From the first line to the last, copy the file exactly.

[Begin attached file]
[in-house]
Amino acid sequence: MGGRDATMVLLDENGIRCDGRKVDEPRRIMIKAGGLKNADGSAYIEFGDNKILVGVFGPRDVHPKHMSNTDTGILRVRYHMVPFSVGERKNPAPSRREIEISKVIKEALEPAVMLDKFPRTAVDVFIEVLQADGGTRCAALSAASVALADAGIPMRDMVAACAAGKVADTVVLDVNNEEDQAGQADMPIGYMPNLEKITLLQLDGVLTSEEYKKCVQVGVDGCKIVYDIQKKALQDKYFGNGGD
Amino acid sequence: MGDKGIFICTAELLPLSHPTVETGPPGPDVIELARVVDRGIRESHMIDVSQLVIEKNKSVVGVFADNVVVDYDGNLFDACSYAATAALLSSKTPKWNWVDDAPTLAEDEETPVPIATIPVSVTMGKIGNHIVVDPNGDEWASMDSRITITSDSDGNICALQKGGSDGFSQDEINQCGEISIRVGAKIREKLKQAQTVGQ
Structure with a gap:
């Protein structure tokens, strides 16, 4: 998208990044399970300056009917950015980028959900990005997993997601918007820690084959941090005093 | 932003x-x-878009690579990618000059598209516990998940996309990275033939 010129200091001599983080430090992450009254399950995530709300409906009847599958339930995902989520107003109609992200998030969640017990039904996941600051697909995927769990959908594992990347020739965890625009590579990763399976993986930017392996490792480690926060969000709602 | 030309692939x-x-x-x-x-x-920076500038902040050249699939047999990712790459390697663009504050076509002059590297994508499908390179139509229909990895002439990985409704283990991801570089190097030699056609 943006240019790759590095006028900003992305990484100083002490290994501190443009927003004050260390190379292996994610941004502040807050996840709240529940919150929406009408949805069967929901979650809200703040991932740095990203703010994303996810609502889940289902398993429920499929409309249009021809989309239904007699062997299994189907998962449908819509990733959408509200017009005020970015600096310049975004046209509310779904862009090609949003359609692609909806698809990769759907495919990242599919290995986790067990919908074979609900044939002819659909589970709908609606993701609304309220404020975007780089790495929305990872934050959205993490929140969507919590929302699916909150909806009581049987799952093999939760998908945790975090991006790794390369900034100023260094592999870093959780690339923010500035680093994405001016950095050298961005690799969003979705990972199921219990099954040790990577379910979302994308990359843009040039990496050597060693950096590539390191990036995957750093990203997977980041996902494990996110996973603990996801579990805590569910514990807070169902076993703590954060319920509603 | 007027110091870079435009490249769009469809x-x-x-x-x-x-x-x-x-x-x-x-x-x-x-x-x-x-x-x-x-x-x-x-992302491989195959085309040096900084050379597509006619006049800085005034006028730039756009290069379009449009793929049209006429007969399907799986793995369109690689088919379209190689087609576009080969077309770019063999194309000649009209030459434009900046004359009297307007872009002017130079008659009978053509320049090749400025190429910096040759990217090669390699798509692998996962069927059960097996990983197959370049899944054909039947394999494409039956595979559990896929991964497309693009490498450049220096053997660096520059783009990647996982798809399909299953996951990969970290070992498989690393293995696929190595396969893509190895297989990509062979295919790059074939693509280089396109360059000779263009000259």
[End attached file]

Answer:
[in-house]
Amino acid sequence: MGGRDATMVLLDENGIRCDGRKVDEPRRIMIKAGGLKNADGSAYIEFGDNKILVGVFGPRDVHPKHMSNTDTGILRVRYHMVPFSVGERKNPAPSRREIEISKVIKEALEPAVMLDKFPRTAVDVFIEVLQADGGTRCAALSAASVALADAGIPMRDMVAACAAGKVADTVVLDVNNEEDQAGQADMPIGYMPNLEKITLLQLDGVLTSEEYKKCVQVGVDGCKIVYDIQKKALQDKYFGNGGD
Amino acid sequence: MGDKGIFICTAELLPLSHPTVETGPPGPDVIELARVVDRGIRESHMIDVSQLVIEKNKSVVGVFADNVVVDYDGNLFDACSYAATAALLSSKTPKWNWVDDAPTLAEDEETPVPIATIPVSVTMGKIGNHIVVDPNGDEWASMDSRITITSDSDGNICALQKGGSDGFSQDEINQCGEISIRVGAKIREKLKQAQTVGQ
Structure with a gap:
């Protein structure tokens, strides 16, 4: 998208990044399970300056009917950015980028959900990005997993997601918007820690084959941090005093 | 932003x-x-878009690579990618000059598209516990998940996309990275033939 010129200091001599983080430090992450009254399950995530709300409906009847599958339930995902989520107003109609992200998030969640017990039904996941600051697909995927769990959908594992990347020739965890625009590579990763399976993986930017392996490792480690926060969000709602 | 030309692939x-x-x-x-x-x-920076500038902040050249699939047999990712790459390697663009504050076509002059590297994508499908390179139509229909990895002439990985409704283990991801570089190097030699056609 943006240019790759590095006028900003992305990484100083002490290994501190443009927003004050260390190379292996994610941004502040807050996840709240529940919150929406009408949805069967929901979650809200703040991932740095990203703010994303996810609502889940289902398993429920499929409309249009021809989309239904007699062997299994189907998962449908819509990733959408509200017009005020970015600096310049975004046209509310779904862009090609949003359609692609909806698809990769759907495919990242599919290995986790067990919908074979609900044939002819659909589970709908609606993701609304309220404020975007780089790495929305990872934050959205993490929140969507919590929302699916909150909806009581049987799952093999939760998908945790975090991006790794390369900034100023260094592999870093959780690339923010500035680093994405001016950095050298961005690799969003979705990972199921219990099954040790990577379910979302994308990359843009040039990496050597060693950096590539390191990036995957750093990203997977980041996902494990996110996973603990996801579990805590569910514990807070169902076993703590954060319920509603 | 007027110091870079435009490249769009469809x-x-x-x-x-x-x-x-x-x-x-x-x-x-x-x-x-x-x-x-x-x-x-x-992302491989195959085309040096900084050379597509006619006049800085005034006028730039756009290069379009449009793929049209006429007969399907799986793995369109690689088919379209190689087609576009080969077309770019063999194309000649009209030459434009900046004359009297307007872009002017130079008659009978053509320049090749400025190429910096040759990217090669390699798509692998996962069927059960097996990983197959370049899944054909039947394999494409039956595979559990896929991964497309693009490498450049220096053997660096520059783009990647996982798809399909299953996951990969970290070992498989690393293995696929190595396969893509190895297989990509062979295919790059074939693509280089396109360059000779263009000259």